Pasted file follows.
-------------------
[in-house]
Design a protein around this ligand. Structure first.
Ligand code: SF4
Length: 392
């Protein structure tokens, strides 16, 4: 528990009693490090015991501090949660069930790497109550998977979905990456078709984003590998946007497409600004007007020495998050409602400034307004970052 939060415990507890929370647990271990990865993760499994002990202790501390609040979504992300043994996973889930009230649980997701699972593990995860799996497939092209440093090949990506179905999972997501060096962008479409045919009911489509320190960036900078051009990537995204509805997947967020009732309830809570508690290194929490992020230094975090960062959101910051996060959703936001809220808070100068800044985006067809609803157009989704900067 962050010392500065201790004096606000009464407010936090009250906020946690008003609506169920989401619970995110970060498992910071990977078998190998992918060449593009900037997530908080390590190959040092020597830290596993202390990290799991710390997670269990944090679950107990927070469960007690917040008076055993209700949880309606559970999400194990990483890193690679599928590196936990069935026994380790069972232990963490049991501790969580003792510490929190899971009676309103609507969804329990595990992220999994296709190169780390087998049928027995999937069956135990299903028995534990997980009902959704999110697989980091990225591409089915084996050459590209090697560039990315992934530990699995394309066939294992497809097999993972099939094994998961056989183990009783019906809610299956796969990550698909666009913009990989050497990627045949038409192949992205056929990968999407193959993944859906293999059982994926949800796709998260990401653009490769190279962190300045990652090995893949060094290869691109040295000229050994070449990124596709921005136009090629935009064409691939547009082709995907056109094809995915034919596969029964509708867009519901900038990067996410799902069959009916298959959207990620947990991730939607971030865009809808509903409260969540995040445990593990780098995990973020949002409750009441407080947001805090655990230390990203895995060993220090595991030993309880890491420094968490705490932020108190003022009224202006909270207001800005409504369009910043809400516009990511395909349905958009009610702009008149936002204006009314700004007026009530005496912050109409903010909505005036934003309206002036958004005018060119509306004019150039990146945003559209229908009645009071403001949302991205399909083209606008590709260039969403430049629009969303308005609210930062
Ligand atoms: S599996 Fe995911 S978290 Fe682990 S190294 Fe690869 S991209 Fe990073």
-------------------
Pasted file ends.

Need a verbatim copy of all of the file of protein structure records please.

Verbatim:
[in-house]
Design a protein around this ligand. Structure first.
Ligand code: SF4
Length: 392
């Protein structure tokens, strides 16, 4: 528990009693490090015991501090949660069930790497109550998977979905990456078709984003590998946007497409600004007007020495998050409602400034307004970052 939060415990507890929370647990271990990865993760499994002990202790501390609040979504992300043994996973889930009230649980997701699972593990995860799996497939092209440093090949990506179905999972997501060096962008479409045919009911489509320190960036900078051009990537995204509805997947967020009732309830809570508690290194929490992020230094975090960062959101910051996060959703936001809220808070100068800044985006067809609803157009989704900067 962050010392500065201790004096606000009464407010936090009250906020946690008003609506169920989401619970995110970060498992910071990977078998190998992918060449593009900037997530908080390590190959040092020597830290596993202390990290799991710390997670269990944090679950107990927070469960007690917040008076055993209700949880309606559970999400194990990483890193690679599928590196936990069935026994380790069972232990963490049991501790969580003792510490929190899971009676309103609507969804329990595990992220999994296709190169780390087998049928027995999937069956135990299903028995534990997980009902959704999110697989980091990225591409089915084996050459590209090697560039990315992934530990699995394309066939294992497809097999993972099939094994998961056989183990009783019906809610299956796969990550698909666009913009990989050497990627045949038409192949992205056929990968999407193959993944859906293999059982994926949800796709998260990401653009490769190279962190300045990652090995893949060094290869691109040295000229050994070449990124596709921005136009090629935009064409691939547009082709995907056109094809995915034919596969029964509708867009519901900038990067996410799902069959009916298959959207990620947990991730939607971030865009809808509903409260969540995040445990593990780098995990973020949002409750009441407080947001805090655990230390990203895995060993220090595991030993309880890491420094968490705490932020108190003022009224202006909270207001800005409504369009910043809400516009990511395909349905958009009610702009008149936002204006009314700004007026009530005496912050109409903010909505005036934003309206002036958004005018060119509306004019150039990146945003559209229908009645009071403001949302991205399909083209606008590709260039969403430049629009969303308005609210930062
Ligand atoms: S599996 Fe995911 S978290 Fe682990 S190294 Fe690869 S991209 Fe990073």